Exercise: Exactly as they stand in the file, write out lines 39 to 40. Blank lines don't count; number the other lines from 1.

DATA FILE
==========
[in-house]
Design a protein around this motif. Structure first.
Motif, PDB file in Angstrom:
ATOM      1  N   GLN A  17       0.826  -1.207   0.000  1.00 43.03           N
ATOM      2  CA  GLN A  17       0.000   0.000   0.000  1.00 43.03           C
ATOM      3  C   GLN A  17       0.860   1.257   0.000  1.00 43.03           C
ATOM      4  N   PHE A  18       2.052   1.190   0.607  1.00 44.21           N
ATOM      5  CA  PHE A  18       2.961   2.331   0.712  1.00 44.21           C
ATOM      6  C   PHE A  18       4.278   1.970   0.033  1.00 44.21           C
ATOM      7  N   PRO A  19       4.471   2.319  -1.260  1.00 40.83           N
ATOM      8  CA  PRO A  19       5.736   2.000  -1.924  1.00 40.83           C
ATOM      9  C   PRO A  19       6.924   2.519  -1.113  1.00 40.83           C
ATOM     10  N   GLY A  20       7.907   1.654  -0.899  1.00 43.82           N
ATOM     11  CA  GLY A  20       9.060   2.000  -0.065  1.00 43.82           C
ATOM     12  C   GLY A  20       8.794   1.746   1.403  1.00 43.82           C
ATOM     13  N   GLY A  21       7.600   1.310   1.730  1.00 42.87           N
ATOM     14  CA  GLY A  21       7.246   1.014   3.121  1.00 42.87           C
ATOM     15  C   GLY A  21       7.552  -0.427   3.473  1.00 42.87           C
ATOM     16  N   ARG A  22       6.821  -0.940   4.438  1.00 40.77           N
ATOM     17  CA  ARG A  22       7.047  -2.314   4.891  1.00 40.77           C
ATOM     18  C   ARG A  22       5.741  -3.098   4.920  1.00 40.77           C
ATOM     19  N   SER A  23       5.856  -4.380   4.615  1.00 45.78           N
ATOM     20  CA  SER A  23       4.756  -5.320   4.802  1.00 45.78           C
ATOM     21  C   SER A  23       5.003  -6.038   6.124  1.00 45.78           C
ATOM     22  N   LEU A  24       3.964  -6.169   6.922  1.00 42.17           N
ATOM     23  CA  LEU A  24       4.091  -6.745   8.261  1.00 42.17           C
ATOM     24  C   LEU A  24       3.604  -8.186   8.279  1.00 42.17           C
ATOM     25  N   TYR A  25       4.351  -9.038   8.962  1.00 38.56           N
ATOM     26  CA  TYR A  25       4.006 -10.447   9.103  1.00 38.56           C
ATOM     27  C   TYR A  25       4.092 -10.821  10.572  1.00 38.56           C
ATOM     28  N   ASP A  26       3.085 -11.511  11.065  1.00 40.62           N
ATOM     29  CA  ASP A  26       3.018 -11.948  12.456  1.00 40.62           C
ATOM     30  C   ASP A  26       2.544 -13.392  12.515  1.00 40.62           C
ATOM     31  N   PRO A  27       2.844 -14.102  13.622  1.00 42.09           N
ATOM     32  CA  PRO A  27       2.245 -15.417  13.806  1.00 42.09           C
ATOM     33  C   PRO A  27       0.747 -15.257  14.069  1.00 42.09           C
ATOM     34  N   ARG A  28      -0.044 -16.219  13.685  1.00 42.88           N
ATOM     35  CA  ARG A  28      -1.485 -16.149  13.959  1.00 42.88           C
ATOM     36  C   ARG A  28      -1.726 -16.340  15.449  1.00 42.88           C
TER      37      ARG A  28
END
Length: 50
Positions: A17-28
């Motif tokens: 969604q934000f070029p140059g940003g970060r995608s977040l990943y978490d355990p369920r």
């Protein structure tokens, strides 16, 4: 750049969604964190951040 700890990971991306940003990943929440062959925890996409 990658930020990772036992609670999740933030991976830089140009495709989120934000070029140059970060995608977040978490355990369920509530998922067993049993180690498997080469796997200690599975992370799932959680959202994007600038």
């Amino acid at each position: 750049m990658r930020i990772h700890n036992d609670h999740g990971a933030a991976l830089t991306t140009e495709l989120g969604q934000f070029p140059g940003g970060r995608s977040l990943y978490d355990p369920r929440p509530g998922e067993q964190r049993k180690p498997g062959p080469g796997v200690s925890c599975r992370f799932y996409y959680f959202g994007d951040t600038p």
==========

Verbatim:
ATOM     36  C   ARG A  28      -1.726 -16.340  15.449  1.00 42.88           C
TER      37      ARG A  28